To be fair, these more recent examples aren’t directly responsible for the deaths of Black and brown people, but they are complicit in the subsequent racist, sexist, ableist, transphobic, and homophobic verbal and online attacks that follow their careless whining. Meanwhile, white people (largely women) are using the police as their on-call security team with ever increasing frequency. Even knowing that cops are 3 times more likely to kill Black people than white people, they keep calling the police for Black people yelling at their children, using coupons, swimming, going home, selling water, getting too close, having a cookout, or any other number of things that white people get to enjoy without consequence.
Don’t get me wrong, white men are just as terrible and vocal, but they have never pretended to stand with me and then used me as cannon fodder instead of taking responsibility for their behaviour. They are also expected to be loud, aggressive and terrible. White women are particularly noteworthy and dangerous because they’re damn good at pretending. White women are adept at presenting themselves as likable, personable, and relatable to white men and non-white women alike, but they are not on our side.
White women vote against their own interests, support child molesters, successfully campaigned against the Equal Rights Amendment, gleefully championed segregation, and they’re responsible for one of the most egregious attacks on bodily autonomy in modern history. To quote Alexis Grenell, “White women benefit from patriarchy by trading on their whiteness to monopolize resources for mutual gain.” And despite what Alyssa Milano would have you believe, this is absolutely America — one that so many of us recognise.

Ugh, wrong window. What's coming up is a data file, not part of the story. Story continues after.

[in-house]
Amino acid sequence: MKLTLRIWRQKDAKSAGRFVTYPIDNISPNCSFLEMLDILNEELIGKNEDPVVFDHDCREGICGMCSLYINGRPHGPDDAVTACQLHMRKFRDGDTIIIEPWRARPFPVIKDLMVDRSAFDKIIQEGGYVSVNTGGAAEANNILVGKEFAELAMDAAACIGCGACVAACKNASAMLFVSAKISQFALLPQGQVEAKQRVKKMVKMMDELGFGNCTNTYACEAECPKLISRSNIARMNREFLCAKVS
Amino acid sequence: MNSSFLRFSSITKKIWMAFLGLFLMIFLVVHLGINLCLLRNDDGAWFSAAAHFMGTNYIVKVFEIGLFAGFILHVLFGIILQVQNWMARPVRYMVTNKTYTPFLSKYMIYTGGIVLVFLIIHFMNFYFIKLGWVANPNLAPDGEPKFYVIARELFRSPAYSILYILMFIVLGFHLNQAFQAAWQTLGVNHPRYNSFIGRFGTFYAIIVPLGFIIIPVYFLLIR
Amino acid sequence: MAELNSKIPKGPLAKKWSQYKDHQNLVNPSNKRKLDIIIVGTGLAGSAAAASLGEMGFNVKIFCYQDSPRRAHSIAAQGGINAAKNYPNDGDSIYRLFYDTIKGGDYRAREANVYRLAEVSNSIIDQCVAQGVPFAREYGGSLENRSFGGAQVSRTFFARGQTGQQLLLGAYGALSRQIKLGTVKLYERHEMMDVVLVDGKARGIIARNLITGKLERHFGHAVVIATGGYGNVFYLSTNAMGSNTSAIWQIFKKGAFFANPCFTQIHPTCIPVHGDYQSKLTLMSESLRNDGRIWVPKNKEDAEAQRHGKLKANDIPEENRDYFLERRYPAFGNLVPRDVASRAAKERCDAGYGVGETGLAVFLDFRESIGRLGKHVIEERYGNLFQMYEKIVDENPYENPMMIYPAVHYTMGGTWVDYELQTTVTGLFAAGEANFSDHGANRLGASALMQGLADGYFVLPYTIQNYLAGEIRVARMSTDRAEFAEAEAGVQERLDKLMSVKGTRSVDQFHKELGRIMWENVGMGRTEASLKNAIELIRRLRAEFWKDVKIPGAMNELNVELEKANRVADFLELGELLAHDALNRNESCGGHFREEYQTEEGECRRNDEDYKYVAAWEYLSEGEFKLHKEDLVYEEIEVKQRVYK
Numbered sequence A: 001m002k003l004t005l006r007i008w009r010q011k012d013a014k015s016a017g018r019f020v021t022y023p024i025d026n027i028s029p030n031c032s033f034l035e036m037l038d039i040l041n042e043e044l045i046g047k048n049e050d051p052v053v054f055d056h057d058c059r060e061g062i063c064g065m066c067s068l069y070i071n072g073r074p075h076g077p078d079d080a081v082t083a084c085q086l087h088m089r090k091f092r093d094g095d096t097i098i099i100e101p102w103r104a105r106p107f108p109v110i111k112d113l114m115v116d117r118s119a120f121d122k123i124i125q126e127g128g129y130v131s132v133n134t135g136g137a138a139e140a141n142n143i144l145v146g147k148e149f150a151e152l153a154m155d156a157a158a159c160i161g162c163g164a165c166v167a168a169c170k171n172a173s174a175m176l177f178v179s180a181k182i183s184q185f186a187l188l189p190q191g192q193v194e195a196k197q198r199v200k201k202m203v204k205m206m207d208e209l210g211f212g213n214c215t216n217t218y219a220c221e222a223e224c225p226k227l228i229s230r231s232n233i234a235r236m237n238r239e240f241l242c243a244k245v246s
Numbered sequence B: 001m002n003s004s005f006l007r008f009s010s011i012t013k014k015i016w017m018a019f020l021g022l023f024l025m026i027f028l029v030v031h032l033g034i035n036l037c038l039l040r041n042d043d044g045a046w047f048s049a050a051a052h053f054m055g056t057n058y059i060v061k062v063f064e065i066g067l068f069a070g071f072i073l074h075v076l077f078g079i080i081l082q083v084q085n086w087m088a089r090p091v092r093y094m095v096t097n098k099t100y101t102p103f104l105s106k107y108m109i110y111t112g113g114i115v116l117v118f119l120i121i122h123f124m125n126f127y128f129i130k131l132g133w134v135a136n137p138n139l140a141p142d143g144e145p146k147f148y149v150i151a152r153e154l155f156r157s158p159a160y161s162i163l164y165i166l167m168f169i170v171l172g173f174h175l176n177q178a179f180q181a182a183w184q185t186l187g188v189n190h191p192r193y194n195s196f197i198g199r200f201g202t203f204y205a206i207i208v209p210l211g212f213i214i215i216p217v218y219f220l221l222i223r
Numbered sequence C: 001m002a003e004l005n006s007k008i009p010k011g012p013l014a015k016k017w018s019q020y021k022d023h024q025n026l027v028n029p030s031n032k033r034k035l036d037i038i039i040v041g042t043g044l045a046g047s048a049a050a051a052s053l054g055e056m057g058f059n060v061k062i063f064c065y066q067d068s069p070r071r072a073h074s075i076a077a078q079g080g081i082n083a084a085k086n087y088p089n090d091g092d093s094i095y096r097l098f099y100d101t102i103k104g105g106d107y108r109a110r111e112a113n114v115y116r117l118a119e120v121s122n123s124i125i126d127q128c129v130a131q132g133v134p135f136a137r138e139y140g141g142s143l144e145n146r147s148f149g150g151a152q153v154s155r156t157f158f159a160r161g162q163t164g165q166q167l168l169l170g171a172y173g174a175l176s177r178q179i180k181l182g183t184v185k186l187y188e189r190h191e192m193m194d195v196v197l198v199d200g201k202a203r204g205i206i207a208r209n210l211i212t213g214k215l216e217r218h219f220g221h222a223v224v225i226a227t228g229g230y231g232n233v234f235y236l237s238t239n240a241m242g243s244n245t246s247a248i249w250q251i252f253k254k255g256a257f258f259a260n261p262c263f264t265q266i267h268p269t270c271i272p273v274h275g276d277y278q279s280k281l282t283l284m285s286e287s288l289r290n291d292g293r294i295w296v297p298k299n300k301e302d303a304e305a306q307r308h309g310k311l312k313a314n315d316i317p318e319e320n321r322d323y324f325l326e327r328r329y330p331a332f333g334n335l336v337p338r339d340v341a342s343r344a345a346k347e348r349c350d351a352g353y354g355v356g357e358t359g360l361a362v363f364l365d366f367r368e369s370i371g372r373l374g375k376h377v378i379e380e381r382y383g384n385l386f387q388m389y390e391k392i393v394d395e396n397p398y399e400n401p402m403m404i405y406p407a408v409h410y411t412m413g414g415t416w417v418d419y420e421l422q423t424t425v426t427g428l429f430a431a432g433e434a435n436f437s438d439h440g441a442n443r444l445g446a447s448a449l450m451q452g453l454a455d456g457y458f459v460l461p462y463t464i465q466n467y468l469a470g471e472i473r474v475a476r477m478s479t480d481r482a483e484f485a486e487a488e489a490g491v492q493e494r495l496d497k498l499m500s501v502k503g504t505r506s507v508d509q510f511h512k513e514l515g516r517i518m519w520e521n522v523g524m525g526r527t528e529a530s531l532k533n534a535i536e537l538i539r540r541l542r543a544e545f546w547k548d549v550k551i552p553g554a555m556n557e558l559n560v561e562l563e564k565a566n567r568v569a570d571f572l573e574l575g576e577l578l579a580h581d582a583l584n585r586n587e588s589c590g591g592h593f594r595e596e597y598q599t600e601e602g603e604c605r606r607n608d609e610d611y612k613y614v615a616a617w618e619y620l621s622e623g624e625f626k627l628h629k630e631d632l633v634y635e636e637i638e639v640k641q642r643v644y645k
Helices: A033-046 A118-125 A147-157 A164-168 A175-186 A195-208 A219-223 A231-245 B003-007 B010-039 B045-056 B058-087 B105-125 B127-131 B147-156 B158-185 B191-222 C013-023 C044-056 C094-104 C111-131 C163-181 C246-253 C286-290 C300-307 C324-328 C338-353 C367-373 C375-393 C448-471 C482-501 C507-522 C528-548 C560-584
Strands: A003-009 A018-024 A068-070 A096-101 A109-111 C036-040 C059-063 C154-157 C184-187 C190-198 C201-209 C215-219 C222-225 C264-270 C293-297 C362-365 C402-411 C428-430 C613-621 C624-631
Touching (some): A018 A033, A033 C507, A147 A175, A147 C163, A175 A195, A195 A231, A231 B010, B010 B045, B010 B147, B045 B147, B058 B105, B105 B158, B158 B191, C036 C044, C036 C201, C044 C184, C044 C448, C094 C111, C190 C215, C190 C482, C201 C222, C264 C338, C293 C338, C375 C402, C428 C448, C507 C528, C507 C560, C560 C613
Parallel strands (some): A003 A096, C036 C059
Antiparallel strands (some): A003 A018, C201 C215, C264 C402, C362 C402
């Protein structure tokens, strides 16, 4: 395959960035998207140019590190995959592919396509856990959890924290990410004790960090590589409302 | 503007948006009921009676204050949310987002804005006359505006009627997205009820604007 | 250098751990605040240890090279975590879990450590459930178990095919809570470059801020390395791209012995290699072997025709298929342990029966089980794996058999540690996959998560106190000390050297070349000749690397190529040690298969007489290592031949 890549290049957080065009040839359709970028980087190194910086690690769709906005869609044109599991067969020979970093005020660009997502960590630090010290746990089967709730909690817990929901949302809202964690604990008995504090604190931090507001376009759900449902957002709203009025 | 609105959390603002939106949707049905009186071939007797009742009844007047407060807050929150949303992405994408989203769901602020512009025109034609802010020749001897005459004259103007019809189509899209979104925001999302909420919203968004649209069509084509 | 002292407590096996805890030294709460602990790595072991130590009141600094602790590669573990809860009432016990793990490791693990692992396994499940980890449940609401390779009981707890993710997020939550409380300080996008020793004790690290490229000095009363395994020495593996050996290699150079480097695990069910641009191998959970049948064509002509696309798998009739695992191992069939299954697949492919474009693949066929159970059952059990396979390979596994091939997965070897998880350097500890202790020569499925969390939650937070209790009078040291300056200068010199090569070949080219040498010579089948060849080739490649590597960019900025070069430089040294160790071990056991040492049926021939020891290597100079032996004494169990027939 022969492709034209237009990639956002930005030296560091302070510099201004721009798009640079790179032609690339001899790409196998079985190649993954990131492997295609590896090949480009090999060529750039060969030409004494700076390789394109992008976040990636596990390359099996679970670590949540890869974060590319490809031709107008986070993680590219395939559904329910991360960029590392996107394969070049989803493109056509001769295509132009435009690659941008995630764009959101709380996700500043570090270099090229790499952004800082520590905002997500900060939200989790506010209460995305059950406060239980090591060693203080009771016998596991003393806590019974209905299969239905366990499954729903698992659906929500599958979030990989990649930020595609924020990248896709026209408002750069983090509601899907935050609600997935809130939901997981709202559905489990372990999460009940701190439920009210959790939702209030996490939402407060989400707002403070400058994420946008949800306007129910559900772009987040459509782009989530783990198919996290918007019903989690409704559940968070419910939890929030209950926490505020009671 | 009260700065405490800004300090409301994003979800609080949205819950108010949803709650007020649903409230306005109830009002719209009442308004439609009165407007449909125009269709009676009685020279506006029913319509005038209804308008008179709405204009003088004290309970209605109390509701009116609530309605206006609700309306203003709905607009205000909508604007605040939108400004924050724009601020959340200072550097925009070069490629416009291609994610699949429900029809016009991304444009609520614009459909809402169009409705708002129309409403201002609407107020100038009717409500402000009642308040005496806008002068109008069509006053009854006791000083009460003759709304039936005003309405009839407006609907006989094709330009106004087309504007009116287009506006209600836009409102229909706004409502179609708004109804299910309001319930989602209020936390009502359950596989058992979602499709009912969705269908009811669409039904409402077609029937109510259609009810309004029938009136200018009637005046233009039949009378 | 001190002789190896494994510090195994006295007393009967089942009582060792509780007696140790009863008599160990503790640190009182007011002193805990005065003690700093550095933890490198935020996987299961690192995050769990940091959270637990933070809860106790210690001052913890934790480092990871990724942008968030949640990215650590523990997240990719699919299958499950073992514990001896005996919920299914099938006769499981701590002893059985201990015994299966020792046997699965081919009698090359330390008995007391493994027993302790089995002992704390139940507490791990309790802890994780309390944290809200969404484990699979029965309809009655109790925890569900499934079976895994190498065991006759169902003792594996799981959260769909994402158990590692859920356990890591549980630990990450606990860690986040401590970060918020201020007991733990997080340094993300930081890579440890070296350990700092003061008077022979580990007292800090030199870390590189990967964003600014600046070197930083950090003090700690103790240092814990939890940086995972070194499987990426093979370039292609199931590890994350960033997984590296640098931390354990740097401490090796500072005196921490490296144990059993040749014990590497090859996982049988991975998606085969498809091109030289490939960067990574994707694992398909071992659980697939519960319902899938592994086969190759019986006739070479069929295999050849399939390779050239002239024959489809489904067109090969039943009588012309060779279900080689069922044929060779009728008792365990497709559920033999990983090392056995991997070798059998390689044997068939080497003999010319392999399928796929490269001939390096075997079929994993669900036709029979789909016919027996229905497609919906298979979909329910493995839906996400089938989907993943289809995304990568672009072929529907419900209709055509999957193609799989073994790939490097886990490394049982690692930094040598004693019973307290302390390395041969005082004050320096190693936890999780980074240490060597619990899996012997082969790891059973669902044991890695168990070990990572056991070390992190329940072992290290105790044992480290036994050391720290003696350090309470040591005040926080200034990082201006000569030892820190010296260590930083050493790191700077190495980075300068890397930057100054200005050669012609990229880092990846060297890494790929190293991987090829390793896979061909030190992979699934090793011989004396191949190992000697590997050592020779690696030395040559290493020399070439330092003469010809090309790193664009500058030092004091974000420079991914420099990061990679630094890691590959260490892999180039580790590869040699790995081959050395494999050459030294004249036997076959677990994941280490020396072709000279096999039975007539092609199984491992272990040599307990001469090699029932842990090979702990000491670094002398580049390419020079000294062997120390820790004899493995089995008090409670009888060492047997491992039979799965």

White women can’t, and won’t, risk their precarious position as first in line for the tangible benefit provided to them by virtue of their whiteness. White sex workers won’t risk their bipartisan white male fanbase by openly acknowledging what gives them such broad appeal. Southern white women won’t risk their church and country club communities by voting for or supporting pro-choice candidates and advocacy work. And white women won’t stop crying and whining and refusing to take responsibility for their complicity in the subjugation of othered people.
None of these women will stop doing any of these things until they’re finally held accountable before the first tear falls, before the first tweet is sent, before the first retort forms in their throat.
So I’ll continue to tweet, and blog, and stand unmoved by the tears and complaints of white women. The cultural conditioning that teaches white women that their tears have power presents a credible threat to my autonomy, my freedom, and my life. And I refuse to step aside, giving that threat room to fester and grow and cause even greater harm to the people like me.
Adrie Rose: She/her. Immigrant, unrepentant sex worker, and grad student studying the effects of race/gender on online sex workers. Cat mom to Misty (15), shoe hoarder, and dramatic nail clicker.